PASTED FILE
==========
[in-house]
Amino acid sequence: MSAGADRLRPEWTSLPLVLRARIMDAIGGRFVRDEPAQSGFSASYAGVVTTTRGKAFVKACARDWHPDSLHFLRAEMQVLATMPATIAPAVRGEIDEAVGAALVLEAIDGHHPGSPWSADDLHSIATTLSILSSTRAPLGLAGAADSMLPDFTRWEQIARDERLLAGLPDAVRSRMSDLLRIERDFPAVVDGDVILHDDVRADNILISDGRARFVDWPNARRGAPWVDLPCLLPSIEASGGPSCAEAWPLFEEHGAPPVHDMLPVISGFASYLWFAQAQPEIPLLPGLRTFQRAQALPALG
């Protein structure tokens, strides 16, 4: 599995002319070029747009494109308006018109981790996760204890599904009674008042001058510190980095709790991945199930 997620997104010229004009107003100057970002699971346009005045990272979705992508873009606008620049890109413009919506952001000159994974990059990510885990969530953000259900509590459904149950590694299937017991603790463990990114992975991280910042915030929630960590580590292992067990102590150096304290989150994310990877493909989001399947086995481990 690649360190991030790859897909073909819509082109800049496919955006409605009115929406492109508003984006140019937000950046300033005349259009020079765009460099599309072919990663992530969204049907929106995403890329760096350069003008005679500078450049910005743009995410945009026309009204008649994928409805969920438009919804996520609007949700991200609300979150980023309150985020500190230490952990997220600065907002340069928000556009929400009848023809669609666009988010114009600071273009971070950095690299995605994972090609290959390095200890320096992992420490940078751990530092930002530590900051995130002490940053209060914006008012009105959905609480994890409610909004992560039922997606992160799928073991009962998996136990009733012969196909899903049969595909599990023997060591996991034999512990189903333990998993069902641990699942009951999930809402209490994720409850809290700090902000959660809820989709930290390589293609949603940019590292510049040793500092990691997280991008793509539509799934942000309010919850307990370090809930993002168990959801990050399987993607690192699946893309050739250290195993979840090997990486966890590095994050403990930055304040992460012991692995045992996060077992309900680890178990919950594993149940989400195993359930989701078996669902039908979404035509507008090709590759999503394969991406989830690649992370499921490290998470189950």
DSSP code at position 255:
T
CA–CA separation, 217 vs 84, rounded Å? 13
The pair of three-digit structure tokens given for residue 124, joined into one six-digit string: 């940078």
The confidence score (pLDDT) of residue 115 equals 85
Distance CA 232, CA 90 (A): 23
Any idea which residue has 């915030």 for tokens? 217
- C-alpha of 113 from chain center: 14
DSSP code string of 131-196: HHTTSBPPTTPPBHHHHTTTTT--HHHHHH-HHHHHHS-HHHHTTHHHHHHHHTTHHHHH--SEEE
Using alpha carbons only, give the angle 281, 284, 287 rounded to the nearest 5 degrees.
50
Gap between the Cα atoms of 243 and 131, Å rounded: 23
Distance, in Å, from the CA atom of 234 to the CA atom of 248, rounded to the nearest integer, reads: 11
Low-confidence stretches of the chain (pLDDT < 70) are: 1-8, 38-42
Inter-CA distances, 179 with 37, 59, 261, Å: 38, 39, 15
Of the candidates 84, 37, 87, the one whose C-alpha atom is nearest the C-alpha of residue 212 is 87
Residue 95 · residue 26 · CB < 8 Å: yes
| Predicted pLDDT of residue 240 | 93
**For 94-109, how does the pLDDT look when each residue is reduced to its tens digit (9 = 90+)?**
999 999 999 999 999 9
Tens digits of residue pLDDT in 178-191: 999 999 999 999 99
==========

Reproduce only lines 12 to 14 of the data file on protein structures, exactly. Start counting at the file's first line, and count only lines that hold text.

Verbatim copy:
DSSP code string of 131-196: HHTTSBPPTTPPBHHHHTTTTT--HHHHHH-HHHHHHS-HHHHTTHHHHHHHHTTHHHHH--SEEE
Using alpha carbons only, give the angle 281, 284, 287 rounded to the nearest 5 degrees.
50